“The tradition of professional baseball is agreeably free of chivalry. The rule is, “Do anything you can get away with.”” - Heywood Broun, 1923
A few months ago when reflecting on the 2017 Astros' sign-stealing scandal ("Some Thoughts on Stealing Signs in Baseball"), I noted that a certain level of cheating is expected and even tolerated in professional sports. The key, of course, is never getting caught. I also mentioned how under manager Leo Durocher, the NY Giants stole signs using a telescope located in the center field clubhouse during the latter part of the 1951 season. When they began doing so on the 20th of July, the Giants trailed the Brooklyn Dodgers by 7 1/2 games. They fell behind as far as 13 1/2 games (on August 11th) before going on a winning streak (37 of their last 44) that helped them catch the Dodgers and force a three game playoff. The teams split the first two games, and in the bottom of the 9th of the 3rd game, with the Giants trailing 4-2, Bobby Thomson hit perhaps the most famous home run in MLB baseball history: His three-run walk-off homer off of Dodger pitcher Ralph Branca, known as “The Shot Heard 'Round the World.” You can see a clip of Thomson's HR at the end of the post, with Russ Hodges calling the shot.
That said, in 1951 stealing signs using telescopes and binoculars was not uncommon. Nor was it against the rules. In 1962 Hall of Famer Rogers Hornsby wrote that “every team with a scoreboard in center field has a spy to inside one time or another.” The White Sox installed a system in the 1950s that reportedly was still in use two decades later, and it was based on a system the Red Sox had installed at Fenway before that. In fact, it wasn't until the 1962 season that using mechanical devices to steal signs was strictly forbidden (it probably wasn't a coincidence that the 1961 National League champions, the Cincinnati Reds, were accused of using a telescope to steal signs), but it's unclear how much of a deterrent the new rule was. Think Astros 2017 (and if you believe that no team illegally stole signs between 1962 and 2017, then I have some land south of Florida that I'd like to sell you).
Using optical devices to steal signs dates back at least to 1899 when the Phillies used opera glasses to steal signs from the top floor of a three story building that overlooked the centerfield wall. That year the Phillies finished with a record of 94-58, quite an improvement over the previous year when they finished 78-71 but not enough to win the pennant (they finished in 3rd place).
The '51 Giants already had a sophisticated method for stealing signs in place before they began using a telescope. They noticed that catchers tended to be a bit careless with runners on first, so once a runner reached first, he would begin signaling the sequence of signs to someone in the dugout, who would then study and eventually decipher the pattern. Once the signs were known, whenever runners reached second, they'd relay the signs to the batter.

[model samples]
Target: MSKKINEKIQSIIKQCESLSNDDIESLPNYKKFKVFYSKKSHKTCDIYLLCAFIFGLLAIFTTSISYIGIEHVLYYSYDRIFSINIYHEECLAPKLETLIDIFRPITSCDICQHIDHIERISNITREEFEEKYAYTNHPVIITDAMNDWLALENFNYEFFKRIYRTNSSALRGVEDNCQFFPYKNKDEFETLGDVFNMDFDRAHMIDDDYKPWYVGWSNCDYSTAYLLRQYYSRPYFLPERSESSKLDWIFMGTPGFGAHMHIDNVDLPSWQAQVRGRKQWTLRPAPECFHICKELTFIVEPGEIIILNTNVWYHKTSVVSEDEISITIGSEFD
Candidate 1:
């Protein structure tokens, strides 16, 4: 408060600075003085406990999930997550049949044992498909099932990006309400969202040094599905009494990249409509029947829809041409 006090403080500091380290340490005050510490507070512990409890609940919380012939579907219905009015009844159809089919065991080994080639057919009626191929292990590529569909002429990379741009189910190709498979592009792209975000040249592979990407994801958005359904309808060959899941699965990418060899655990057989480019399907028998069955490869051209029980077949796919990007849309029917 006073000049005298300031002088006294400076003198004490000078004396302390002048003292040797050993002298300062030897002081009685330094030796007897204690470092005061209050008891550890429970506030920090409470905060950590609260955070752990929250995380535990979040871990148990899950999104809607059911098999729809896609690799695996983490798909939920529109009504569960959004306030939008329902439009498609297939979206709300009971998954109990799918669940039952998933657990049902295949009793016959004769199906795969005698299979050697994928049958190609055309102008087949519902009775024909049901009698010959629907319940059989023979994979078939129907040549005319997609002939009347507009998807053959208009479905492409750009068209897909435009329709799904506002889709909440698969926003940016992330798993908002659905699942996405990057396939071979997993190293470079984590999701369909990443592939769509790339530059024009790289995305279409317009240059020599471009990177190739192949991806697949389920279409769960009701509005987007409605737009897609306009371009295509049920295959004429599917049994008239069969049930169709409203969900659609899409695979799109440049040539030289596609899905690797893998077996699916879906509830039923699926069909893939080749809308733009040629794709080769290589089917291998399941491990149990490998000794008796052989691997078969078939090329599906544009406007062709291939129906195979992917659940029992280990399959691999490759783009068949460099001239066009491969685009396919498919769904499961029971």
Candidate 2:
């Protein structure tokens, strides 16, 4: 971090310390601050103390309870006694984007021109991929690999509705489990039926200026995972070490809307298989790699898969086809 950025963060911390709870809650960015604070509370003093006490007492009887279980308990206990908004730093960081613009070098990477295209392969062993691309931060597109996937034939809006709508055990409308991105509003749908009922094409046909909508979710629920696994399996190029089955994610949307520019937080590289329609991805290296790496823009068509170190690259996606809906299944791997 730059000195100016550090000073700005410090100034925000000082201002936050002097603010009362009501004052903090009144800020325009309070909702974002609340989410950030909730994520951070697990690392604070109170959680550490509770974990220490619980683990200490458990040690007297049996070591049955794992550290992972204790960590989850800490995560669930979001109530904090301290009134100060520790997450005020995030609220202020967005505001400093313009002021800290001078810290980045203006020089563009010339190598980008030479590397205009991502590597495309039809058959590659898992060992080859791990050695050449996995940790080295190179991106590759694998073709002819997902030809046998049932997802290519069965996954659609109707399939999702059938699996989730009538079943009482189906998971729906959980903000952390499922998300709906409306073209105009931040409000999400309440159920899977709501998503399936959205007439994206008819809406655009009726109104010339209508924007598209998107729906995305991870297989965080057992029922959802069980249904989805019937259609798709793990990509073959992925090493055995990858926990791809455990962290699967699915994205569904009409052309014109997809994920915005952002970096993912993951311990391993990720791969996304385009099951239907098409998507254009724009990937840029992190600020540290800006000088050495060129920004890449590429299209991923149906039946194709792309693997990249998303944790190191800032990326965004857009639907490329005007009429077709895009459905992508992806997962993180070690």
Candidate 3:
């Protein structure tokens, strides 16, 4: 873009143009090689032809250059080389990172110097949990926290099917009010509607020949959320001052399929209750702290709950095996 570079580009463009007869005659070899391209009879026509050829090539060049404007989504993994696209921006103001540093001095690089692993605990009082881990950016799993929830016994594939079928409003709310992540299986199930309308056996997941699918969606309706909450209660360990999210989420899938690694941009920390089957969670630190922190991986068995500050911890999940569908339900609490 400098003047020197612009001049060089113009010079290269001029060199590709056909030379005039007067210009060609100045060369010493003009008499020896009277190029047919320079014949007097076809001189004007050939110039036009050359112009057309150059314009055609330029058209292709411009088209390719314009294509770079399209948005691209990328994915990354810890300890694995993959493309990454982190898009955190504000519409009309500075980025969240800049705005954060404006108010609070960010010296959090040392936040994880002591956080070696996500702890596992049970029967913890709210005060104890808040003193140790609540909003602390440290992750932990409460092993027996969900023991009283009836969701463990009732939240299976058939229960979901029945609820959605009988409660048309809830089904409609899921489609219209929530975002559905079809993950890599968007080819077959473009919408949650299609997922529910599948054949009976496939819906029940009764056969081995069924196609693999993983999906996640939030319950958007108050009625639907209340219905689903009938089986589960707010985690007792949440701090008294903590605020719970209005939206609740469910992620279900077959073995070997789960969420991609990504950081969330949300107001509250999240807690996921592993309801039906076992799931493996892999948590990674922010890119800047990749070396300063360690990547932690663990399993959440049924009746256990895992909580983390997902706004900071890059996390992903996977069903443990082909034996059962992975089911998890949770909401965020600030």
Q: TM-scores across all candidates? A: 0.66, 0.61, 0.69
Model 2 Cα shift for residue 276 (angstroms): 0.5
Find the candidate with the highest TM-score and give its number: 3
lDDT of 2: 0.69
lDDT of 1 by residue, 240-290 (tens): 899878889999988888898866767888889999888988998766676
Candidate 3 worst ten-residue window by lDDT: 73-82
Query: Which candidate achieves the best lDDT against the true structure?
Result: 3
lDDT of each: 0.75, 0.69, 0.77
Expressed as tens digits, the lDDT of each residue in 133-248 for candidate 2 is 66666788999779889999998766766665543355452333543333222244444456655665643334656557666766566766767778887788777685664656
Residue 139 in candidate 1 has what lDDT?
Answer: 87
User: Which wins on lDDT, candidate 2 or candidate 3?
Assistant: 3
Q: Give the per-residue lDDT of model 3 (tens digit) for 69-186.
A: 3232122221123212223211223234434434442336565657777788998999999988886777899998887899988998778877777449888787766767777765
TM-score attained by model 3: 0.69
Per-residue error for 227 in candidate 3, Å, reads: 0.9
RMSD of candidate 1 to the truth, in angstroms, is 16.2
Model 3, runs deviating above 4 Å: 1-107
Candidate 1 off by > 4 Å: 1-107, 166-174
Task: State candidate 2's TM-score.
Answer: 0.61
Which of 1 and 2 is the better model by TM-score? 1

Some Giants’ players didn’t want to know what pitch was coming, believing they hit better just reacting to a pitch. Thomson was not one of those. He wanted to know the signs, but he repeatedly denied looking at Yvars prior to hitting his home run off of Branca. However, Giants' coach Herman Franks later told Prager (after his book was published) that he saw Thomson glance toward the right-field bullpen before Branca's fateful pitch.
Other facts included in the book:
- Twenty-three days after Thomson's home run, Branca married Ann Mulvey, whose parents were part-owners of the Dodgers. Their daughter, Mary, married baseball player Bobby Valentine.
- The loss to the Giants in 1951 was especially painful for the Dodgers, because the previous year they lost the pennant race on the last game of the season on a 10th inning walk-off home run by Dick Sisler. If the Dodgers had won, they would’ve forced a playoff with Phillies.
- For a brief period of time after he retired, Branca co-hosted a sports radio show, "Speaking of Sports," with Howard Cosell.
- When he managed the Dodgers, Leo Durocher was instrumental in transforming Ralph Branca from a prospect into a genuine star. In fact, after he became the Giants' manager, Durocher attempted to trade for Branca, once offering the Dodgers Thomson in exchange for Branca.
- Both Branca and Thomson grew up Giants fans. Thomson's father, however, was a die hard Dodgers fan.
- In 1962 the San Francisco Giants and Los Angeles Dodgers once again tied for the National League pennant, forcing another three-game playoff. The first game was played in San Francisco, and before dawn the Giants groundskeeper treated the topsoil off of first and second base with sand, peat moss, and water to slowdown Maury Wills. Wills never reached base, however, and the Giants went on to win 8-0 over Sandy Koufax. They won the playoff as well although like in 1951 they were behind entering the 9th inning (4-2). They scored four runs in the top of the 9th and won 6-4. Unlikely any cheating occurred here, though. The final two games were played in LA.
- In 1964 the San Francisco Giants installed a sign stealing system in centerfield, wiring a pine box with lightbulbs and push-buttons. It was in use when Herman Franks (yes, that Herman Franks) took over as manager on the last day of the 1964 season, and it remained in use for four more seasons while Franks was manager and the Giants finished 2nd every year (winning over 90 games each season, except 1968 when they "only" won 88).